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From: firstname.lastname@example.org (N. Thornton)
Subject: Re: Ground Resistance monitor
Date: 1 Nov 2002 08:41:30 -0800
References: <3DBA8DBA.6205CB0A@execpc.com> <3DBB2BEF.40C7ED0B@hotmail.com> <3DBD5CEC.86AFAFE3@boeing.com> <3DC01EB4.A18EC28F@boeing.com>
NNTP-Posting-Date: 1 Nov 2002 16:41:30 GMT
Paul Hovnanian wrote in message news:<3DC01EB4.A18EC28F@boeing.com>...
> "N. Thornton" wrote:
> > Paul Hovnanian wrote in message news:<3DBD5CEC.86AFAFE3@boeing.com>...
> > > w_tom wrote:
> > > > To test for earth ground, the measuring system must complete
> > > > a circuit that includes the earth ground rod. If a meter
> > > > connects to an outlet, then where is the other side of a
> > > > complete circuit that passes through earth ground rod? No
> > > > circuit through the earth ground connection means no valid
> > > > test of earth ground.
> > >
> > > This is correct. At a minimum, the ground test will require
> > > two additional ground electrodes to be installed for a test.
> > > A current is run between the ground rod and circuit under
> > > test and a high current test probe. The resulting voltage
> > > drop will be measured between the rod under test and a voltage
> > > probe. The physical layout of the test probes is important and
> > > will require seperations of many feet.
> > If you think laterally you'll notice that the live and earth lines are
> > close to earth potential from an rf point of view: hence one can test
> > without introducng an extra rod.
> That's because there isn't a significant RF source on the circuit.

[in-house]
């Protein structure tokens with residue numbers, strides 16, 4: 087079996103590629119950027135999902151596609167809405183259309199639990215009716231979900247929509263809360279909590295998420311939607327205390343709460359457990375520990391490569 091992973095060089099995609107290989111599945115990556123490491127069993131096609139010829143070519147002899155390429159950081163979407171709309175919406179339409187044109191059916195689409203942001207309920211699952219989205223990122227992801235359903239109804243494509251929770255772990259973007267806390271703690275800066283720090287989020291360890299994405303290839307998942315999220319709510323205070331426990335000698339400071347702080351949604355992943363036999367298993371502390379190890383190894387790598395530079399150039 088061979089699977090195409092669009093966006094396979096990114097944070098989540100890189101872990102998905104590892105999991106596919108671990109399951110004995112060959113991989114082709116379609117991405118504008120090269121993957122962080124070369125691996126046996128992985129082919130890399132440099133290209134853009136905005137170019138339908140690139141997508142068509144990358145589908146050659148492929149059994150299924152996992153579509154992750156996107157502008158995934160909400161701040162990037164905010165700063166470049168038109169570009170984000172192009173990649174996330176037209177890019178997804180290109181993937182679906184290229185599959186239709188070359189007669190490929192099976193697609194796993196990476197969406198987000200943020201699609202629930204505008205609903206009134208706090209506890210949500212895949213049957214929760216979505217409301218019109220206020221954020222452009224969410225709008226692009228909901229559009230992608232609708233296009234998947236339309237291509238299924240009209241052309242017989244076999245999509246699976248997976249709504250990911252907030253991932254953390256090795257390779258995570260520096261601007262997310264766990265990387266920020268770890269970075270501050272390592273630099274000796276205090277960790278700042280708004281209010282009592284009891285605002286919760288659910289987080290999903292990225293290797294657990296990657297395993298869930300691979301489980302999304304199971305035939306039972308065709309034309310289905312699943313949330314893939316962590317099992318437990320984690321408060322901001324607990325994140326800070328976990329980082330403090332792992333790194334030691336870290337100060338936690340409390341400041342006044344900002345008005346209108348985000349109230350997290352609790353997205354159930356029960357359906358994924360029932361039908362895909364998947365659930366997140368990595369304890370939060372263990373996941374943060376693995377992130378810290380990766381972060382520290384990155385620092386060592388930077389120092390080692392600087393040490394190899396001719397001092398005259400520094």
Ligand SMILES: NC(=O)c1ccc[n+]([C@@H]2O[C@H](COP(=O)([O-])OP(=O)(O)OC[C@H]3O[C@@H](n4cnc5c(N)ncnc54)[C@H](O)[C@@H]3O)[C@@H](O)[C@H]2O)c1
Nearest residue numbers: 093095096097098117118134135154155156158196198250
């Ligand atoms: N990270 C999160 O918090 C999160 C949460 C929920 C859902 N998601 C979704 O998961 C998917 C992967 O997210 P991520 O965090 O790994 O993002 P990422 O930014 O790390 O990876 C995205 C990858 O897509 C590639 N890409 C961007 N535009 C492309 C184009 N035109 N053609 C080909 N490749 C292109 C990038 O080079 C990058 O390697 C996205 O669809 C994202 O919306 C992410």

> Just being at the same potential doesn't mean anything about the
> impedance at that frequency.
I thought it was because of the capacitance to ground in the wiring,
connected appliances, and supply system. I dont know just what that
impedance is, and whether its low enough to be useful.
> > > This sort of test is usually run prior to placing the grounding
> > > system into service. I think that any attempt to build this
> > > capability into the proposed equipment would violate NEC rules
> > > since it would intentionally energize the grounding electrode
> > > and system.
> > I dont see anything wrong with doing that at low voltage, and with non
> > hazardous currents. Now sultanas - they would be unacceptable :)
> > Do you think the rf test might work?
> Possibly, but this could be tricky. At higher frequencies (maybe even
> 10s or 100s of kHz), the reactance may be much larger than the
> resistance of the grounding circuit.
Yup. There might be the question of differentiating between high
ground R and high supply R too.
> Measureing the resistance
> will become much more involved than a simple voltage drop due to
> a given current type problem. Its not impossible, just difficult.
> And RF doesn't eliminate safety concerns that code enforcement
> officials may have with regard to injecting test currents into
> a grounding circuit.
One is allowed to connect the cooker to the earth rod, as well as the
radio antenna circuit: one could perhaps come up with something that
used such small currents?
I have an idea: measure 3 resistances at rf, L-N, N-E, L-E. That
should make it poss to get a much more accurate E resistance reading.
What contribution would inductance make at 100kHz? Would it be large
enough and variable enough to prevent a pass or fail reading?
I'm not saying I'm convinced, but it sounds like a maybe. If it did
work it would be primarily a chip and a small mains dropping resistor
in a box you could plug into the socket outlet. Is there enough call
for these things to warrant developing one?
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